The top three: Liberman
With the big reveal coming this weekend on which of the three finalists in the Top 20 Funny Cars list will make the final pairing, it’s time to take a look at the third car on the list: “Jungle Jim” Liberman’s 1973 Vega Funny Car.
The Vega — built by Romeo Palamides and campaigned from mid-1972 through the end of ’73 — wasn’t the car that got him started, the car in which he last competed, or even the car in which he won his one and only NHRA national event title. It was the only “Jungle” car on the list, so I have to believe that some of those fans who voted for this car were voting for the man as well as the machine.
And why not?
When it comes to Funny Car heroes, there are few whose accomplishments are not measured in championships, national event wins, and record-breaking e.t.s, but Russell James Liberman is surely one whose career transcended those kind of stats.
He died early — just two days shy of his 32nd birthday — in a puzzling highway accident near his West Chester, Pa., home, and like gravitational celebrities before him, like James Dean and Jim Morrison, that may have only added to his mystique (weird, too, that Elvis Presley died Aug. 16, just 24 days after “Jungle’s passing; two “kings” gone in less than a month). Almost a quarter-century after his passing, Liberman was still so highly regarded that he was voted No. 17 on NHRA’s Top 50 Drivers list in 2001.
(Before we get too far in this story, it’s worth noting that, although you, I, and everyone else have for decades have heard “Jungle’s” surname pronounced as Lee-ber-man, it was, in fact, Lib-er-man; kinda like how Connie — and Doug and Scott, for that matter — Kalitta is Kuh-let-ta and not Kuh-lee-ta and how Jim Nicoll was Ni-cole and not Nick-el. But I digress ... )
Unlike Dale Pulde and John Force, whose cars make up the other two-thirds of the finalists, “Jungle” obviously is not here to bask in the glory of the moment, so I got the next best thing: his longtime girlfriend and partner in dragstrip showmanship, “Jungle Pam” Hardy.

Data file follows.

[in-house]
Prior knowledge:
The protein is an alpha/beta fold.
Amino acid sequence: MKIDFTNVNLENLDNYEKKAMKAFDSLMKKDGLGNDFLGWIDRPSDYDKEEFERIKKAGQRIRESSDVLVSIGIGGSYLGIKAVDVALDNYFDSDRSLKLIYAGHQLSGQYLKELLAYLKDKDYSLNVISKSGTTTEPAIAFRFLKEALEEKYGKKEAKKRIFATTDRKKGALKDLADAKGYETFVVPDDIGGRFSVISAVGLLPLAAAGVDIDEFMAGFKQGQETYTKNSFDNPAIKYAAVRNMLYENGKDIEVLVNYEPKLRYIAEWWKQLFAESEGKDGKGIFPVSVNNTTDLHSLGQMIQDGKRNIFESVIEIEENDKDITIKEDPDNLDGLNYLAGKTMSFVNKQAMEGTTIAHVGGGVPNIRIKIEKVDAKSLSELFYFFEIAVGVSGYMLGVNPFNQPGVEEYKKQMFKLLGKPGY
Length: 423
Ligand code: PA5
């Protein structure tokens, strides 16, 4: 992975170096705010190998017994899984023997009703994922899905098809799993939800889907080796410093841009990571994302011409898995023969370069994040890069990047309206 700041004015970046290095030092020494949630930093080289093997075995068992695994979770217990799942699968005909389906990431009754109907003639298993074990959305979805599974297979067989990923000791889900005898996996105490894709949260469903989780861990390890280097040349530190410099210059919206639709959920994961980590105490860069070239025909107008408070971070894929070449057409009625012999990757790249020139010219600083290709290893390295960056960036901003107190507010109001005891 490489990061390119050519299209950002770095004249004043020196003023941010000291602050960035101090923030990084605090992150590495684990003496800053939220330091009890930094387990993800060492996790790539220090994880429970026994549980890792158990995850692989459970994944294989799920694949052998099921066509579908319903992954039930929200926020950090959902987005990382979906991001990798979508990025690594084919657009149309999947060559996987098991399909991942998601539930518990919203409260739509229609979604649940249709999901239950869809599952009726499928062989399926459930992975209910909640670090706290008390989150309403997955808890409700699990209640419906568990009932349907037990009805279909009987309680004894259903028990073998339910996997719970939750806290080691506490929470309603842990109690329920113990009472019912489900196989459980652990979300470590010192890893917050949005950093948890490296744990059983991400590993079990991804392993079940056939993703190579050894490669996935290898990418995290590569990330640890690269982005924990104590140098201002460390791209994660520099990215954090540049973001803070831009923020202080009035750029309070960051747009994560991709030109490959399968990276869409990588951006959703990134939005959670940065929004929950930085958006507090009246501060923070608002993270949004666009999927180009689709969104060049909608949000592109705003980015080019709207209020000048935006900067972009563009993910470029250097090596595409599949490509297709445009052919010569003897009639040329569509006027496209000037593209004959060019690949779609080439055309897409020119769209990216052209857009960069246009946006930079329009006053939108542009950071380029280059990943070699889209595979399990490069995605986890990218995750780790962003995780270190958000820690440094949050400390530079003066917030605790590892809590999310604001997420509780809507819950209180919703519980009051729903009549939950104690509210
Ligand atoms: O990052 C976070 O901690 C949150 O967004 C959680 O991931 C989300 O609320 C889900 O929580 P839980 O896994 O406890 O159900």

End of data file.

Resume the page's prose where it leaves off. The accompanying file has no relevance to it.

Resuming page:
She was an 18-year-old high school senior just weeks from graduation in their shared West Chester hometown when he spied her walking down the street in May 1972. He pulled over in his screaming yellow ’72 Corvette and changed both of their lives. She had never been further from home than the next town over, had already been accepted to the local college, but hit the road and spent the next five years in snug-fitting halter tops and cut-off jean shorts backing him up after his traditional long burnouts and giving his fans even more to look at than his trademark Chevy floppers.
Although she also backed up his Camaro and Monzas, she says that the Vega is without question her favorite Junglemobile because it was on that car that the vine-swinging caricature came to life, personifying the car and the driver. The ’72 Camaro that preceded it had a caricature, too, but not as refined as the one on the Vega.
“It doesn’t surprise me at all that ‘Jungle’ made the list to begin with, but it does surprise me it’s so high, mostly because he’s been gone for so long,” she said. “But ‘Jungle’ fans are pretty passionate about him, and it seems like every one that I talk to has a story. It wasn’t just an autograph they got from him, but how he interacted with them, how he said or did something that just stuck with them. He was larger than life, and his enthusiasm for life always came across.